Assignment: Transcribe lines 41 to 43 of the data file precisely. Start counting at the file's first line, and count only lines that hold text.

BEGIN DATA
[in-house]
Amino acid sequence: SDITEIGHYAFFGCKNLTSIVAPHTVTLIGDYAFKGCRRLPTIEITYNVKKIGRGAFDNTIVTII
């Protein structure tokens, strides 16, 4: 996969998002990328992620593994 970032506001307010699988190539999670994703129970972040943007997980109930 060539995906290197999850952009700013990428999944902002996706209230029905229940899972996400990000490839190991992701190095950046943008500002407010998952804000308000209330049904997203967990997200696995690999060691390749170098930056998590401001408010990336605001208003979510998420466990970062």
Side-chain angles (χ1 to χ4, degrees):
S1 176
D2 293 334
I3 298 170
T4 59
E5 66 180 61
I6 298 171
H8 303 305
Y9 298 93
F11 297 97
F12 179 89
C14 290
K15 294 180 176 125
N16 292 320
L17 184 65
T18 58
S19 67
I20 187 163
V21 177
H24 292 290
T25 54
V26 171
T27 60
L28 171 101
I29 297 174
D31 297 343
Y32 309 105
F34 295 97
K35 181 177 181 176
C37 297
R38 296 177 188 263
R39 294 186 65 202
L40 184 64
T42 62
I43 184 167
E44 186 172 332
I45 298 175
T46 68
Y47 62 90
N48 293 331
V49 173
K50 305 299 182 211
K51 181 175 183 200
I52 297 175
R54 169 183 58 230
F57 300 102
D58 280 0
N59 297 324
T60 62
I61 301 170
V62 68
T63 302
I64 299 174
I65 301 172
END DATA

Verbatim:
T46 68
Y47 62 90
N48 293 331